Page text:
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4 Jun 2013

They Said It Would Never Change

They Said It Would Never Change

They Said It Would Never Change – 125 Years of AAU History 

 

My task was to create an article about 125 years of AAU history.  My challenge is how to tell the story about the oldest and most prolific amateur athletic organization in the United States, without focusing on the negative racial and other societal issues that plagued this organization for many years while representing the greatest track and field athletes and legends in the history of the sport.  I must admit that to not acknowledge the unfortunate facts that occurred within the organization would be of disservice to those that competed, persevered and steadfastly represented this country in spite of the societal injustices of the times.   

Although this is necessary to acknowledge these transgressions, this article is not, and will not use these transgressions as the subject of the story of 125 years of AAU history.  We are not that AAU anymore and even though we cannot hide from our past, it is just that – the past.  My goal is to tell the story about where we are now in spite of where we may have come from.  I am a firm believer that any positive outcome is worth the struggles it may have taken to achieve the goal. 

The Amateur Athletic Union of the U.S. was established in 1888.  Athletics (track & field) was one of the inaugural sports.  Until the enactment of the 1978 Amateur Sports Act which was signed into law by President Jimmy Carter, the AAU served as the national governing body for Athletics, even responsible for the selection of the United States Olympic teams.  Yes, until 1978 every Olympic legend to include, Jesse Owens, Wilma Rudolph, Ralph Boston, Bob Beamon, Bruce Jenner, Jim Thorpe, John Carlos, Tommie Smith, Wyomia Tyus, Willie White, Mary Decker, Dick Fosbury, Al Oerter, Jackie-Joyner Kersee, Florence Griffith-Joyner and Carl Lewis, all competed as AAU athletes.  The list continues with recent athletes such as Maurice Greene, Justin Gatlin, Sanya Richards-Ross, Wallace Spearman, Bershawn Jackson and many others, all of whom also competed under the auspices of the AAU.  Statistics have shown that the majority of current Olympic and elite track & field athletes have competed in AAU events as youth athletes.  AAU is synonymous with American track & field.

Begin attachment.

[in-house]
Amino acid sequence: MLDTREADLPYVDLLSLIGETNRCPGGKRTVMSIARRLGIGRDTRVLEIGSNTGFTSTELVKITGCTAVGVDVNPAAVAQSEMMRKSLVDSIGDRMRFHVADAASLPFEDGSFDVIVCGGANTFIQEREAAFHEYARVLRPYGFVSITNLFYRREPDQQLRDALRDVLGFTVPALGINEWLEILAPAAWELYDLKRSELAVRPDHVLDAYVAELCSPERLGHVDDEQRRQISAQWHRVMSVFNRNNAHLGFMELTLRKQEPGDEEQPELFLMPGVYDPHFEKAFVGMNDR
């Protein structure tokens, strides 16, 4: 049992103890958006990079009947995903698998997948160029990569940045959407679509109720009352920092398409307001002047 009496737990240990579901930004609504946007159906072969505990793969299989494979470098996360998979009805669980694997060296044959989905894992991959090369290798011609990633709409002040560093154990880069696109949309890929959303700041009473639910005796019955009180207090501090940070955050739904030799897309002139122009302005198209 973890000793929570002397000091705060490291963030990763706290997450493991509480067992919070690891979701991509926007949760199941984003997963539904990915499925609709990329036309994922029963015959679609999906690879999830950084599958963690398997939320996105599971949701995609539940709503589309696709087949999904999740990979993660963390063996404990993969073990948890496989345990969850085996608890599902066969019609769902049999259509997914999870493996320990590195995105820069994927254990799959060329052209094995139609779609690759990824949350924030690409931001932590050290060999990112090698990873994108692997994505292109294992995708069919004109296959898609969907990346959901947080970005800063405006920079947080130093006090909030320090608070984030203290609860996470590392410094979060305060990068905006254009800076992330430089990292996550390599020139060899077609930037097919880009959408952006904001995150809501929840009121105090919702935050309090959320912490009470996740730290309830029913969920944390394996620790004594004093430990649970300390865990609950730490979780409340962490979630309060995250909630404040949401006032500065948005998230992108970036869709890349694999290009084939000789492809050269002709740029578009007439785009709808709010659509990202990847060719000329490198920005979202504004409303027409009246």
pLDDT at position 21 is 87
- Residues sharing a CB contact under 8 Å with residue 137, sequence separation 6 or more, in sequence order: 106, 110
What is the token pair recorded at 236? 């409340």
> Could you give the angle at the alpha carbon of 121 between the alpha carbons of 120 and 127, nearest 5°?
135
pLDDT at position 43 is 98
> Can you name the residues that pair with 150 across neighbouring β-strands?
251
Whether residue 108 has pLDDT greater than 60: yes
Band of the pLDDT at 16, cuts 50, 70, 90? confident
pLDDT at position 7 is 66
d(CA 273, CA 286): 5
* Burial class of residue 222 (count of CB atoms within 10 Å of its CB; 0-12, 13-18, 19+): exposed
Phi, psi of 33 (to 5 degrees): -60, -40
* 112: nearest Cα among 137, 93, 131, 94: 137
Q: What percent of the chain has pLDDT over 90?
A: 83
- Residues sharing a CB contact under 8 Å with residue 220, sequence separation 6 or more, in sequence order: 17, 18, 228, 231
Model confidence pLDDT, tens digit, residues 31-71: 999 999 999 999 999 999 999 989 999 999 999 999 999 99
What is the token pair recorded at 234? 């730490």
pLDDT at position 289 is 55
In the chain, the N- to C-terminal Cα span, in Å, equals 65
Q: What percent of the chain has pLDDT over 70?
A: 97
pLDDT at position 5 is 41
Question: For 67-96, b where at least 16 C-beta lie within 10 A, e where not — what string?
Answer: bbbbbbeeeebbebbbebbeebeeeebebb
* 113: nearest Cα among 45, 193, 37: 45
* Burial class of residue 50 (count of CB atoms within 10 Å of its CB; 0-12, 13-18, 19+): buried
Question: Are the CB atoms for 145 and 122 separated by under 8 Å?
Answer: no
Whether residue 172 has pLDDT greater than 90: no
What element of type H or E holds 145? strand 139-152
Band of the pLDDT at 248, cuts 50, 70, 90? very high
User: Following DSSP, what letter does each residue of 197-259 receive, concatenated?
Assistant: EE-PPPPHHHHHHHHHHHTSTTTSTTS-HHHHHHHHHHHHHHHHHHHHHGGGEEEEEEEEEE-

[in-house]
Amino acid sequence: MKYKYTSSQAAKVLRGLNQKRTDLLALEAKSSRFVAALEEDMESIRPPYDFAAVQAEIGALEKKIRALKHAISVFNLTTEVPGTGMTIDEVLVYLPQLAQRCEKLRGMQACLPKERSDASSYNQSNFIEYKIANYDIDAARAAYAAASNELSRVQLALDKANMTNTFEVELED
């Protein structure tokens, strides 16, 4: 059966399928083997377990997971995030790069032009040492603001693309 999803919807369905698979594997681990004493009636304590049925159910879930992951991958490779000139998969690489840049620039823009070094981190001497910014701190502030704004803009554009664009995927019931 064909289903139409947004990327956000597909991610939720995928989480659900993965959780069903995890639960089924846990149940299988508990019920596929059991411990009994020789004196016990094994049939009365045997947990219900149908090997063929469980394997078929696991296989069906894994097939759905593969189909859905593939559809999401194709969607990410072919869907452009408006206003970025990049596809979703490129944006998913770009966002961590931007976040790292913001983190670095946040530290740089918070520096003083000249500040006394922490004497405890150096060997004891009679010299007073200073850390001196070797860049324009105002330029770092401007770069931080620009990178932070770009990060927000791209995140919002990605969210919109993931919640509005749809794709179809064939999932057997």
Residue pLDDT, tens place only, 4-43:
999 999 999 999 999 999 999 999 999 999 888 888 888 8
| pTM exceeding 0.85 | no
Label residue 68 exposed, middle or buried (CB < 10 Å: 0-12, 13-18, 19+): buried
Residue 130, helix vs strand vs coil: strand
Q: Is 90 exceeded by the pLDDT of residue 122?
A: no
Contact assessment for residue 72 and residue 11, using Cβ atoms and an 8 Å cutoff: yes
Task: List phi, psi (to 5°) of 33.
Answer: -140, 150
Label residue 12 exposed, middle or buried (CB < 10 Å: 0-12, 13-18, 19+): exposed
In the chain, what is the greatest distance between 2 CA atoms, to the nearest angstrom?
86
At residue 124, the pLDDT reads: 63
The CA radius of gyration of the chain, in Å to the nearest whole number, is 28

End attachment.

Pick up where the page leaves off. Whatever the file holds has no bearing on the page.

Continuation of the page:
After the enactment of the 1978 Amateur Sports Act, the AAU shifted the focus of the organization from the elite athlete to youth programming and has since recorded the largest youth  track & field program in the nation, surpassing USATF youth programs.  The AAU Junior Olympic track & field program has now recorded the largest number of participants in any track meet in the world youth or otherwise with numbers exceeding 14,000 participants in New Orleans in 2011 and over 12,000 in Humble, TX in 2012.

 In December, 2012, the AAU became under the leadership of the first African-American President/CEO, Louis Stout.  Upon his untimely death a few months later, the AAU became under the leadership of another African-American, Henry Forrest who continues to serve in that capacity.  The leadership of these two gentlemen is a testament to the strides made within the AAU.   Some said it would never happen.  They said the past would always dictate the future of the AAU.  Well, I come before you today in my capacity as the first female and African-American AAU Athletics National Chair to say, the AAU has deservedly outgrown the transgressions of our former leaders and is now a well- rounded and open national organization that recognizes and embraces our past while working diligently to continue building our future.  We are building a future that welcomes all athletes regardless of race, color, creed or ability to compete in an environment that is safe and competitive. 

Welcome to the new AAU! 

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